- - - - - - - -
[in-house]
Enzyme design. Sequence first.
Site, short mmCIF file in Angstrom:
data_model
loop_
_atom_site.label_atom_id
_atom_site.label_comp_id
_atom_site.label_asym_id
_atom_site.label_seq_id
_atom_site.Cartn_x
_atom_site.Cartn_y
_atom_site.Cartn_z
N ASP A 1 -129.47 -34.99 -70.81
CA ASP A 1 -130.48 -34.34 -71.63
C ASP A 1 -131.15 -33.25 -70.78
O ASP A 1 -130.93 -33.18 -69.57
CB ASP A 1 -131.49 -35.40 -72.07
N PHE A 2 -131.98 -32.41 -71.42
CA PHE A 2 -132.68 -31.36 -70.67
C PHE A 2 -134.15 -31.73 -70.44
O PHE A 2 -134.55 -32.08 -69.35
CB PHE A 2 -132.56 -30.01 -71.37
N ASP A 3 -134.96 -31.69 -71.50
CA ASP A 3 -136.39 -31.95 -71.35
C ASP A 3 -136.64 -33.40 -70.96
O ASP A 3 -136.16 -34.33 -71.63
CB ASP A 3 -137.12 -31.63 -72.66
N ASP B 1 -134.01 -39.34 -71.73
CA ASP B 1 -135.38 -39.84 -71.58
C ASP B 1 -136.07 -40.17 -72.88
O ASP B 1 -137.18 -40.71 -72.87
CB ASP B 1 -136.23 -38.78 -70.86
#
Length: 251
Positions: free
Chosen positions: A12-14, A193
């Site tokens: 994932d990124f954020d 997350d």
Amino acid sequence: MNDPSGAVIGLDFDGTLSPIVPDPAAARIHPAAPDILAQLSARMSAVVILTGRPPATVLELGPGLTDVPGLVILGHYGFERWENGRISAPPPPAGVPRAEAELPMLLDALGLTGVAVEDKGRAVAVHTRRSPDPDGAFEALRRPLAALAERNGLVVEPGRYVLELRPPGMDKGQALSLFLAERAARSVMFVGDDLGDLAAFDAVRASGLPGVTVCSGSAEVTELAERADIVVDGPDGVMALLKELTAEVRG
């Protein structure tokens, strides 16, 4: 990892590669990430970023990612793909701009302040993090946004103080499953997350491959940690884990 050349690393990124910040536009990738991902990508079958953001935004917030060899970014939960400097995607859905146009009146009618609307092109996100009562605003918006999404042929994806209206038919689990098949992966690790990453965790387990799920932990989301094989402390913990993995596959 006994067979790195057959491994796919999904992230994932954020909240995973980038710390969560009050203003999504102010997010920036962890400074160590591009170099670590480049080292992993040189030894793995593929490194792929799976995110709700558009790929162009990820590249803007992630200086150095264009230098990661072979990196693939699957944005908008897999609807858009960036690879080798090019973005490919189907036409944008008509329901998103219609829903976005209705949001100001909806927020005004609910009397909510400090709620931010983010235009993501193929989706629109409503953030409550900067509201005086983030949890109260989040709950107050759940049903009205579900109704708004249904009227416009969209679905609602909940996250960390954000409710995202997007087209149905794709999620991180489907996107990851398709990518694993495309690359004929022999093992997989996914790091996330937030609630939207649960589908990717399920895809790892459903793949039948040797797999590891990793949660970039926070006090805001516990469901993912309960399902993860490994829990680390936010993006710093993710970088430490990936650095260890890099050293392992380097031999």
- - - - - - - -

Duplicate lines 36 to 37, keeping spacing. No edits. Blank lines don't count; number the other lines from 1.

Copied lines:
Chosen positions: A12-14, A193
């Site tokens: 994932d990124f954020d 997350d």